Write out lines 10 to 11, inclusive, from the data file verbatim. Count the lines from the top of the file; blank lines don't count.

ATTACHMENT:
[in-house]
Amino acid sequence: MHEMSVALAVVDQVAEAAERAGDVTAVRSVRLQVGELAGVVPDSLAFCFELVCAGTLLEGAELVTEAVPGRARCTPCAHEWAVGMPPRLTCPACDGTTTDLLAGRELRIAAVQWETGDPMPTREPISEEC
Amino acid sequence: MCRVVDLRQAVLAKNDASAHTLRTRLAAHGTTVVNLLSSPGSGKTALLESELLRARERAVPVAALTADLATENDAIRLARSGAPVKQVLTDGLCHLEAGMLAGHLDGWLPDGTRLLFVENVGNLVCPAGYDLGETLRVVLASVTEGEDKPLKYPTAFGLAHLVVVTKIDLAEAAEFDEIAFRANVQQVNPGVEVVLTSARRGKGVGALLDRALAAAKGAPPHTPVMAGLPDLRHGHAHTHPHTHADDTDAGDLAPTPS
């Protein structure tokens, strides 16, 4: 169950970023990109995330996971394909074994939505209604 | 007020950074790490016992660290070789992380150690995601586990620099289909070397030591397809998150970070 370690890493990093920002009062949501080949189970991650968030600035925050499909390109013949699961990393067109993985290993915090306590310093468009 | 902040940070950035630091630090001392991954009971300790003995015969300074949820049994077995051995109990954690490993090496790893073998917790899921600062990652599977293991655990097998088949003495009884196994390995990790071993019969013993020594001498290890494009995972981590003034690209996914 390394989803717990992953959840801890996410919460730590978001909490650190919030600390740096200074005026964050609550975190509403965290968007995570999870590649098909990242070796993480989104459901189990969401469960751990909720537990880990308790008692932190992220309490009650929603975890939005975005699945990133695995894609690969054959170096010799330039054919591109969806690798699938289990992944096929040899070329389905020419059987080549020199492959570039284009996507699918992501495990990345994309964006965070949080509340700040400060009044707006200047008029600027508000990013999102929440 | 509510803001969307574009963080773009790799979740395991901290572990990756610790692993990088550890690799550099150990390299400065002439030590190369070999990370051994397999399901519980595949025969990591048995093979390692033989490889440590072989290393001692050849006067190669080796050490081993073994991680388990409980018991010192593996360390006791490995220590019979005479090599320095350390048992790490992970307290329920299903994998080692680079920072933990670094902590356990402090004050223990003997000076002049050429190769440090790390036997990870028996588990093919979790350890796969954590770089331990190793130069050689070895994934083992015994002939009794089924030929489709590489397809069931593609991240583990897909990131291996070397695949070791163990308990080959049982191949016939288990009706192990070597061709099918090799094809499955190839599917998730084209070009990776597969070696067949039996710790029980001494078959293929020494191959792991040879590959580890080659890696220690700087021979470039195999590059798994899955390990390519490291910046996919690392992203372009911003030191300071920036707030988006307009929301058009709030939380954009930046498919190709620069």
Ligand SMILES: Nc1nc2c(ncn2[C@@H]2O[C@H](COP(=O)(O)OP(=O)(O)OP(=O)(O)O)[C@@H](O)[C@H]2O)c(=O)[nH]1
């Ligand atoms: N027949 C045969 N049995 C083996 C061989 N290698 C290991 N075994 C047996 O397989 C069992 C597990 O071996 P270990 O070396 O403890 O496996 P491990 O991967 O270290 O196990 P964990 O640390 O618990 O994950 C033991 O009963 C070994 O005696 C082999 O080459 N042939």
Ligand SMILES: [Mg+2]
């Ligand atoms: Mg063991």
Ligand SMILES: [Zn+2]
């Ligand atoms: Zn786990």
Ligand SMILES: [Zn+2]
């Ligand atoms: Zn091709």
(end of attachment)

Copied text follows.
């Ligand atoms: Zn786990």
Ligand SMILES: [Zn+2]